I am trying to train a Gaussian process regression model based on some data with a large amount of categorical features. Each data point can be represented by a vector of strings. Right now I am using the most common RBF (or squared exponential) kernel:

$k(x_1, x_2) = \exp(-\frac{||x_1-x_2||^2)}{2\sigma^2})$

However, I don't want to explicitly encode the strings into some numerical representations, so instead I just directly compare the categorical feature vectors $x_1$ and $x_2$ between every two data points. For example, if the first element in $x_1$ is the same as the first element in $x_2$, the first element of the difference vector $x_1-x_2$ will be 0, otherwise 1. The problem arises when all element pairs are of different categories between the two vectors. In this case, the RBF kernel still returns a postive value due to exponentiation, which I very much prefer it to be 0, indicating there is 0 similarity between the two data points.

Can anyone suggest a more suitable kernel for this kind of task? Thanks in advance.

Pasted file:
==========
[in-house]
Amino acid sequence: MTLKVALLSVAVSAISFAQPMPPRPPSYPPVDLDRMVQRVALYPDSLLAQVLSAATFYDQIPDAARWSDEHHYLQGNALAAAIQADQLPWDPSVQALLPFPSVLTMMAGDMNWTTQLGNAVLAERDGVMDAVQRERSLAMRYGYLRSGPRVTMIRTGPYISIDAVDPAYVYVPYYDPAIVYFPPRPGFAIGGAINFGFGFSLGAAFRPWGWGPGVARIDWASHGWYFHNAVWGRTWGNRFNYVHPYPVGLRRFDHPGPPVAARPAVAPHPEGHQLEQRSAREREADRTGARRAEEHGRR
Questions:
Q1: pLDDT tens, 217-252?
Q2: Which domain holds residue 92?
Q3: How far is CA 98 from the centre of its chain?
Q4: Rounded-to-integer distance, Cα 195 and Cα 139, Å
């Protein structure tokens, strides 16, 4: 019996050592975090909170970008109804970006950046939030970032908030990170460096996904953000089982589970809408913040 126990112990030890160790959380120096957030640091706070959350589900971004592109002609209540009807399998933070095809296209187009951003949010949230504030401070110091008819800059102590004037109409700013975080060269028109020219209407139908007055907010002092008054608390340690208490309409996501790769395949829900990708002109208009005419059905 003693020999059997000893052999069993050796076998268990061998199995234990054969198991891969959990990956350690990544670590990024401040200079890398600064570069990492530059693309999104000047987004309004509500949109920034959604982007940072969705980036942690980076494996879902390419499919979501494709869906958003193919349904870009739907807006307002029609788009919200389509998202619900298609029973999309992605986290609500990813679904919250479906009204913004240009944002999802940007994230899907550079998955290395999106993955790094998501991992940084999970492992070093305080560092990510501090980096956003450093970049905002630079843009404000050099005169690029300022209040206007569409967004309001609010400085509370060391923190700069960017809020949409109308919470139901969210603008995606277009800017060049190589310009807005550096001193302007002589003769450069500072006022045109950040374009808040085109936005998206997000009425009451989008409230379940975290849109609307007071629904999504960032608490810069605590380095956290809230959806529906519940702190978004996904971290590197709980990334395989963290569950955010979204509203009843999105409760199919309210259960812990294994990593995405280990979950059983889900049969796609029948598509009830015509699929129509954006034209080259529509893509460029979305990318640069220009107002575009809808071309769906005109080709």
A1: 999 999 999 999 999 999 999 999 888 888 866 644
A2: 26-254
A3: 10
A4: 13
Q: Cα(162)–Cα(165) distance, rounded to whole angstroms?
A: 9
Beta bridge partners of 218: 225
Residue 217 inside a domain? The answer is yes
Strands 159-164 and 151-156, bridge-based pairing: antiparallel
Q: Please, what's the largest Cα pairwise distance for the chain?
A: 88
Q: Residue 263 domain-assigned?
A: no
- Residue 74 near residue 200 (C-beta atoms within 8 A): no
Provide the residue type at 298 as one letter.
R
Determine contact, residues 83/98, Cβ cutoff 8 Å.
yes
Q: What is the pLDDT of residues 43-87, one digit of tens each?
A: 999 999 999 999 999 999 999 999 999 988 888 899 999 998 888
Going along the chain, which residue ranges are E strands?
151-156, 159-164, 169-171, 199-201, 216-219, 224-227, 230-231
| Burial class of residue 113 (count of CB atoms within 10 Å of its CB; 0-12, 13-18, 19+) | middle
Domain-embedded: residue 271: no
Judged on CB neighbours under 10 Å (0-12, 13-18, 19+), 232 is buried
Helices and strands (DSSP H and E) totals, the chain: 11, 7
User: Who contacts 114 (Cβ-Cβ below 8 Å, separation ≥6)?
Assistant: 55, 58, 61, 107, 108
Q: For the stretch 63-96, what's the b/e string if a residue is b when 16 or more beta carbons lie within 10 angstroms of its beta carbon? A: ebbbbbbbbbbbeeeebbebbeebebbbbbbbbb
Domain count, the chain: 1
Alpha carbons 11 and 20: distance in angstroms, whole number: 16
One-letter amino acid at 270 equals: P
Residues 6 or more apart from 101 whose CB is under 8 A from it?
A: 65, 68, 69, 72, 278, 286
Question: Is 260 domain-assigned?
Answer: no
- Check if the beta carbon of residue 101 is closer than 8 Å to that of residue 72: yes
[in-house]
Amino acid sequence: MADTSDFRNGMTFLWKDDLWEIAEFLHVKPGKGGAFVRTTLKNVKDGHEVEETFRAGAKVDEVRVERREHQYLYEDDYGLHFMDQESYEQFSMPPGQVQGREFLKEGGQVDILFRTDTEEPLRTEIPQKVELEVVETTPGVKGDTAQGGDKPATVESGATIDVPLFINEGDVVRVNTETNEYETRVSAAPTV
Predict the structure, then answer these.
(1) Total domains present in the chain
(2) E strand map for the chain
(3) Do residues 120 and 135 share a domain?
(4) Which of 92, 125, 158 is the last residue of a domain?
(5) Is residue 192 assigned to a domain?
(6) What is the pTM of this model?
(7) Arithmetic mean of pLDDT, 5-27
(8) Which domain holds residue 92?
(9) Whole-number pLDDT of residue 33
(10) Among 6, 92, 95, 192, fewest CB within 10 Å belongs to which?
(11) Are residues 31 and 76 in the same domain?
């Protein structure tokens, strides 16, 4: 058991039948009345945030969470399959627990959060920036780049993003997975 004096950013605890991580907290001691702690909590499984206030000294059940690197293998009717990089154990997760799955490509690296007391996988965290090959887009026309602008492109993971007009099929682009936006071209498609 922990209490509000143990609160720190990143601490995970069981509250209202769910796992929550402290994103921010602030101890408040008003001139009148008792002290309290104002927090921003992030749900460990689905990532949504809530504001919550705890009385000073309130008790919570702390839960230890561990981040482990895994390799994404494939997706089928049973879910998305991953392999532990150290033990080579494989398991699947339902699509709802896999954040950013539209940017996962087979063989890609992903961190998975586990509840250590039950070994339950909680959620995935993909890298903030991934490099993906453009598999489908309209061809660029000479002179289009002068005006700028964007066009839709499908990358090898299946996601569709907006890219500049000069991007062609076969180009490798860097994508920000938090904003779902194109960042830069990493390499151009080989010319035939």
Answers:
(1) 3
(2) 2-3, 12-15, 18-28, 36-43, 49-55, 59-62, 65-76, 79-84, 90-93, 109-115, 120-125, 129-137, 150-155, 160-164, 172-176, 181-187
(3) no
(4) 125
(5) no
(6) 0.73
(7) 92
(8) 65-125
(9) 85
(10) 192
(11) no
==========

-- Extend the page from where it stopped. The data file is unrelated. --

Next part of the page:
• $\begingroup$ Why do you want to use the Gaussian process for such data? With this kind of data, it is much more common (e.g. NLP) for people to use neural networks that can generate embeddings. It is also computationally cheaper since Gaussian processes scale poorly. $\endgroup$
    – Tim
    Jul 27, 2021 at 13:23
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    $\begingroup$ Because the $y$ of these data are very expensive to get. I want to do an active learning, i.e., be able to fit the model on a small amount of data, and only add new data with high uncertainty (which is provided by GP). $\endgroup$
    – Shaun Han
    Jul 27, 2021 at 13:31
  • $\begingroup$ Why not use neural network to encode the categorical data as embeddings and pass this as features to Gaussian process then? $\endgroup$
    – Tim
    Jul 27, 2021 at 14:32
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    $\begingroup$ @Tim As I said, I want to avioud explicit encoding of categorical data, which is the main purpose of my project. This is also the main reason I need to use a kernel-based model. $\endgroup$
    – Shaun Han
    Jul 27, 2021 at 16:05


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